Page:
• PROS – Strong, light weight, weather resistant, inexpensive and low maintenance
  • CONS – Hollow tube frames may blow over in high winds and it retains heat

Wrought Iron

Throughout history, iron has been used for tools, buildings and furnishings because of its strength and durability – it can last a hundred years if properly cared for. It’s among the heaviest of metals, which makes it difficult to move wrought or cast iron furniture. However, it certainly won’t blow over in the wind. It is extremely malleable when heated and hammered into shape. This allows wrought iron to form ornate hand-crafted designs with an upscale artisan feel. Cast iron, on the other hand, is melted and poured into molds, but it’s heavier and harder to manage than wrought iron.

While it is long lasting, outdoor iron frames and tabletops can require a lot of care to clean, maintain and protect against rusting. Fortunately, the best contemporary wrought iron is treated with weather resistant finishes to seal out damaging moisture. Additionally, the metal tends to match the prevailing temperature – its gets very hot in summer and freezing cold if left out in the winter. Wrought iron outdoor furniture is hard and can be uncomfortable without upholstery to cushion seat and back rests.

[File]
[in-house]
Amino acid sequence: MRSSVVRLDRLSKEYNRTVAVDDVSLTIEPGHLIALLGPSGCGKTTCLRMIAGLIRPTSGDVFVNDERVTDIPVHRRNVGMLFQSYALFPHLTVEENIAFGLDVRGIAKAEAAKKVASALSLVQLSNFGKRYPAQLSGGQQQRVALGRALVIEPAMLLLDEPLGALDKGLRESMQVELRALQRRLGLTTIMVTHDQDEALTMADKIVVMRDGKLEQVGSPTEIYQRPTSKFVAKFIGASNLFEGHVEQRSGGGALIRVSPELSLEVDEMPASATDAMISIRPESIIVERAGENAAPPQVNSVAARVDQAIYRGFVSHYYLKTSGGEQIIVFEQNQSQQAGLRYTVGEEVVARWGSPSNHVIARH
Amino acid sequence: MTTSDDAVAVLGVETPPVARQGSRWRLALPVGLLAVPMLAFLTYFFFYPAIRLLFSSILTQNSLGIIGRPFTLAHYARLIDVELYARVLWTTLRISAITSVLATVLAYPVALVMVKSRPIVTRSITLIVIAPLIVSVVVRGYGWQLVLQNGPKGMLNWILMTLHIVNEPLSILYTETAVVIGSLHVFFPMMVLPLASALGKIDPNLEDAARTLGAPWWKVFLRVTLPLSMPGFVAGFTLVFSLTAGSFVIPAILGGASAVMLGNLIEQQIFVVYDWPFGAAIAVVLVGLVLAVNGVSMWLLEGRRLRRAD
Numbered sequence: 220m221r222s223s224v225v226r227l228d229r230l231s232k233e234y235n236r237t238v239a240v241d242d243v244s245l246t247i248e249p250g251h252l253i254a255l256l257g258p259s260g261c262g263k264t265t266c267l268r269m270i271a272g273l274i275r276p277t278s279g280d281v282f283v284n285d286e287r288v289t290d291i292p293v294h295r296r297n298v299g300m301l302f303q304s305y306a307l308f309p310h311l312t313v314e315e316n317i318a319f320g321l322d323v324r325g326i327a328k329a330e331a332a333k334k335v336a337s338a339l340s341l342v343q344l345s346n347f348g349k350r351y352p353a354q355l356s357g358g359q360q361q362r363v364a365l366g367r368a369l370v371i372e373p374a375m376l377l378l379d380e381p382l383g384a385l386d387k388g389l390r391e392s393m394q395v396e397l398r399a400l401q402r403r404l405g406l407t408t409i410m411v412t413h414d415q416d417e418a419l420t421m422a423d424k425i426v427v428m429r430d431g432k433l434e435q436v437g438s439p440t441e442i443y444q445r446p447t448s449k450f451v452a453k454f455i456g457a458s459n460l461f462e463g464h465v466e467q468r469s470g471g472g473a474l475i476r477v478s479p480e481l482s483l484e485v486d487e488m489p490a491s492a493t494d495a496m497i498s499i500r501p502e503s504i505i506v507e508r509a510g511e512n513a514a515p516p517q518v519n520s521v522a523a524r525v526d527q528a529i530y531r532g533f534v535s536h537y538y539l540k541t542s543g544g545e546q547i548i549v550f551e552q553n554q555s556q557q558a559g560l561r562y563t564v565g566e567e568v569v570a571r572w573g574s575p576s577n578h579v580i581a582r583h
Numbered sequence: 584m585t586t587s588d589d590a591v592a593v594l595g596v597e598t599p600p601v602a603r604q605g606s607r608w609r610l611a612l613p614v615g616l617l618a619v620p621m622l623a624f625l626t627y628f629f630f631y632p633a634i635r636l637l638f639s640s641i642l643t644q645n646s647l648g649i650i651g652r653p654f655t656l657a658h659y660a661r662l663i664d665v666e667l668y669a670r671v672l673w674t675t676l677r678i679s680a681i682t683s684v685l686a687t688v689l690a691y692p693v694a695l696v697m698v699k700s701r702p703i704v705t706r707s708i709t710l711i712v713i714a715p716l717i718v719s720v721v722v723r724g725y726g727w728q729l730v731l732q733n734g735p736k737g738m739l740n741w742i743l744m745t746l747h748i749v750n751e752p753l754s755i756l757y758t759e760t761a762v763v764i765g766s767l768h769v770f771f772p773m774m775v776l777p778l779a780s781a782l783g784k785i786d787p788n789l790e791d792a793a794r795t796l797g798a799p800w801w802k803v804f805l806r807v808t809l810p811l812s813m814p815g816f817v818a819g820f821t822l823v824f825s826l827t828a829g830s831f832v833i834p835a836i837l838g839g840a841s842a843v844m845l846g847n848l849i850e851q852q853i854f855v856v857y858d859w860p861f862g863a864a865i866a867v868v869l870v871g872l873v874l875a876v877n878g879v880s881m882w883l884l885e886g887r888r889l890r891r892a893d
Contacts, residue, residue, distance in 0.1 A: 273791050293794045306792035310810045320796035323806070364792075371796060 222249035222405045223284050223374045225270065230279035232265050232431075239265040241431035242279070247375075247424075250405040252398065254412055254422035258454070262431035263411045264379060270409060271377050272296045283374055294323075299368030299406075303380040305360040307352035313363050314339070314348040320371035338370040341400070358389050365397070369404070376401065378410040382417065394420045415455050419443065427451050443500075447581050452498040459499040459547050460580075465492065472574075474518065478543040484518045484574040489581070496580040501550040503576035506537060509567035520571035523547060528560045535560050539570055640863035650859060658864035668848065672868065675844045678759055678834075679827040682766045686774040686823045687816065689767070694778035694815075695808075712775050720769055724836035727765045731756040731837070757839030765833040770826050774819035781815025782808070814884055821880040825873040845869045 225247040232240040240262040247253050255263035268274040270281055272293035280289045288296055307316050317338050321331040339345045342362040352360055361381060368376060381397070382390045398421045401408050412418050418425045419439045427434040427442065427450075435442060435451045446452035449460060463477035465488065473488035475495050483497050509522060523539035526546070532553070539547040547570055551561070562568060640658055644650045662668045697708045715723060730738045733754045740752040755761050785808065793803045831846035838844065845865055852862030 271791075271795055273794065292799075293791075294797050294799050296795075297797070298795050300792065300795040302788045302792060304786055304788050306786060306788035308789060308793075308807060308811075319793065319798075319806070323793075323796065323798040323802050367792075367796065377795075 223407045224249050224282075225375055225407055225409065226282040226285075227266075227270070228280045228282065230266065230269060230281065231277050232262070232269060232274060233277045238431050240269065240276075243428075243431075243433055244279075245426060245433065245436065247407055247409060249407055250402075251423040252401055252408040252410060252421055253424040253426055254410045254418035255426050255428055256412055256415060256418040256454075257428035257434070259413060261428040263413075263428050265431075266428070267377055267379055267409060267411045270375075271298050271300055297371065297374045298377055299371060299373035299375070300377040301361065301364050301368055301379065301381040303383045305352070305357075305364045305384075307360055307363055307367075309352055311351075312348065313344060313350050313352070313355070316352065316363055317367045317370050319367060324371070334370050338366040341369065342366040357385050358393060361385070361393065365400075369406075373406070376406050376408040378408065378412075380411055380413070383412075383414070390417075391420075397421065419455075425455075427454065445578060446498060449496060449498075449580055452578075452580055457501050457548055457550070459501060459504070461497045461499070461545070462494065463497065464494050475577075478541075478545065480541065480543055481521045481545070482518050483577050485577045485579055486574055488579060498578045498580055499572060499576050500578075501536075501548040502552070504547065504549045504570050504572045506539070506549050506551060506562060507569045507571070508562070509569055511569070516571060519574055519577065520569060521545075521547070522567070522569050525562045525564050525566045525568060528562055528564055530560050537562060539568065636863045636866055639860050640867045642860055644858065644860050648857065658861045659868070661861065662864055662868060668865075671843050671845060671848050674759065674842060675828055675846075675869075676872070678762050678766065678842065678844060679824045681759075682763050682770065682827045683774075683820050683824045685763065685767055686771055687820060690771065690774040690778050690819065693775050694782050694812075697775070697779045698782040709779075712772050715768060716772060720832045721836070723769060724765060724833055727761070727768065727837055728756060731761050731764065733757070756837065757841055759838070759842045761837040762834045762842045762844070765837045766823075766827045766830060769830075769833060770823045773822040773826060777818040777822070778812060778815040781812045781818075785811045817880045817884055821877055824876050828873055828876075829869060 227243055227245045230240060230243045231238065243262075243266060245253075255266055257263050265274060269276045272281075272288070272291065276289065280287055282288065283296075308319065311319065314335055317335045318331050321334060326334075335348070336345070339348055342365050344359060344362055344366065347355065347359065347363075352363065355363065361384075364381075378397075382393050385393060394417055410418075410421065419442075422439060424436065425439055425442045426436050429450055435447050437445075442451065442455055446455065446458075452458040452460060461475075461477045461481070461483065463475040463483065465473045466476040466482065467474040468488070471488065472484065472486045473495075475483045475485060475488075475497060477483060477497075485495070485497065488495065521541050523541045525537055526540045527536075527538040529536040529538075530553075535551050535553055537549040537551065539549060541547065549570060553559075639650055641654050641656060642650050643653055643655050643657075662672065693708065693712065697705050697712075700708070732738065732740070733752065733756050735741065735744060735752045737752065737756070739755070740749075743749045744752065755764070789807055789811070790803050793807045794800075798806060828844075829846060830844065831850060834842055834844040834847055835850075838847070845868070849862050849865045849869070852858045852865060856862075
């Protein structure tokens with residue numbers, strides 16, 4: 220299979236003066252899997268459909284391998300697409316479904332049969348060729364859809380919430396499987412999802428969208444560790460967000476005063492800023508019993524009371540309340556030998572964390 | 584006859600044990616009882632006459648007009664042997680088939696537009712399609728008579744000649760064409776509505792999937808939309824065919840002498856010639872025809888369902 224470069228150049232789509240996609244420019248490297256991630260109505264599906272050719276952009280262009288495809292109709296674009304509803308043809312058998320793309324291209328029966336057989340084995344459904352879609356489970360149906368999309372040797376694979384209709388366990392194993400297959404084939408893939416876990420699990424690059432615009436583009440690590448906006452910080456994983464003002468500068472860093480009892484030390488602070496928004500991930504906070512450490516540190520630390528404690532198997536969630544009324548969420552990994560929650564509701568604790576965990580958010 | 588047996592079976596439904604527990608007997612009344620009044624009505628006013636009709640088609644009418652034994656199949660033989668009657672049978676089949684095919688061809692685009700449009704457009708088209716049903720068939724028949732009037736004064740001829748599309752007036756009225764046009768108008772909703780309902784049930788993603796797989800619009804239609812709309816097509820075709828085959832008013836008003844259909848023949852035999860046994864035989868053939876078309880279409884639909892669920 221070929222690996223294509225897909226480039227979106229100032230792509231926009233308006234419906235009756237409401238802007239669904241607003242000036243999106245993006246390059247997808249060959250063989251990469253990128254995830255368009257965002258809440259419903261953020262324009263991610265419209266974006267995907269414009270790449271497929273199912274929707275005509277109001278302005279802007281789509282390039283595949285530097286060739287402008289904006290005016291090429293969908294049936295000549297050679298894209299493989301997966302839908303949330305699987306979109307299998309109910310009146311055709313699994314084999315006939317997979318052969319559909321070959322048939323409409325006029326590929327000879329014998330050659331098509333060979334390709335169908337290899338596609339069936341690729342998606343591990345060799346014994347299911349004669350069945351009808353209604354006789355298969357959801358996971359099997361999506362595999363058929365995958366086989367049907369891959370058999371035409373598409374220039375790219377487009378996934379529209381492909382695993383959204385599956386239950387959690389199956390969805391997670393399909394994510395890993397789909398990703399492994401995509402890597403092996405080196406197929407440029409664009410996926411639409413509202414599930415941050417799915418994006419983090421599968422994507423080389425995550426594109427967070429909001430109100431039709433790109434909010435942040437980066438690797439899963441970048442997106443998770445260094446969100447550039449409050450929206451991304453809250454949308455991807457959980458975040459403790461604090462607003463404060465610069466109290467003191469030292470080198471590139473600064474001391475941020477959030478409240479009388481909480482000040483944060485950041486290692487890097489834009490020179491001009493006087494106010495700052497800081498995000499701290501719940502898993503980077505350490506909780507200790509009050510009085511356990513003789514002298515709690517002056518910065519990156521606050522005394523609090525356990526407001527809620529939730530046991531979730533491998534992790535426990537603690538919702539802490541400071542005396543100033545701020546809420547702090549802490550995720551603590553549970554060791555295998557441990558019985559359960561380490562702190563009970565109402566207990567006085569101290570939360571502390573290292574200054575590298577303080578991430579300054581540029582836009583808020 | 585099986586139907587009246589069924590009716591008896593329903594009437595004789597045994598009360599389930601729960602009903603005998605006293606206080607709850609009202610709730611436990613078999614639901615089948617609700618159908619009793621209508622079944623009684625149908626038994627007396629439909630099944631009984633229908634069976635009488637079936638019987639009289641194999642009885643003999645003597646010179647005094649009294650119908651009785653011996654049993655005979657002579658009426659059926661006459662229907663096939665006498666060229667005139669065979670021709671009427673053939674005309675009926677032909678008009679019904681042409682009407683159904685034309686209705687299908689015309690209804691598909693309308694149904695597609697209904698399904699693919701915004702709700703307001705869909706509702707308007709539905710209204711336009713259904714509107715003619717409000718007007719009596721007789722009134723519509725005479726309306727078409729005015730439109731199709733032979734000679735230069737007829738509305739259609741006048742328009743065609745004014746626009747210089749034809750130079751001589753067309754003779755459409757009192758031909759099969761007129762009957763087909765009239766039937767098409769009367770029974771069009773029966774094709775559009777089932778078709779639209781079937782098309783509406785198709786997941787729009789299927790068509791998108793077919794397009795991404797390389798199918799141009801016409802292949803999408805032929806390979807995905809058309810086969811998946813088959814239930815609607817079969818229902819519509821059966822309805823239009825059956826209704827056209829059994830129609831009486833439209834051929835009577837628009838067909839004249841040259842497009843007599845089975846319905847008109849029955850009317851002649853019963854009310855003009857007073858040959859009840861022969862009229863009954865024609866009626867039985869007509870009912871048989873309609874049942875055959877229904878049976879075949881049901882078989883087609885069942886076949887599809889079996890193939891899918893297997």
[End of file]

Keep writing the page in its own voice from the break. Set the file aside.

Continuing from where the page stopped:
• PROS – Durable, solid, stylish classic look and great for windy areas
  • CONS – Rusts easily, requires more maintenance, can be uncomfortable, difficult to move and retains heat or cold
Skagerak Reform Bench - Aluminum

Skagerak Reform Bench – Aluminum

Cane-line Copenhagen Chair

Cane-line Copenhagen Chair

Skagerak Mira Table - Rectangular

Skagerak Mira Table – Rectangular

Resin & Plastic

Man-made synthetic materials, such as resin and plastic, are becoming more and more prevalent in the world of outdoor furniture. New manufacturing processes and hybrid compositions enable these polymers to take on shapes and sizes previously unattainable. Synthetics are typically light weight, inexpensive and can be molded into any decor style imaginable. Because color is inherent in the chemical make-up, they are fade resistant and don’t require paint or sealants used by other materials. They’re also a breeze to clean and maintain. There is a growing number of plastics and resins, but here are a few of the more common ones currently in use.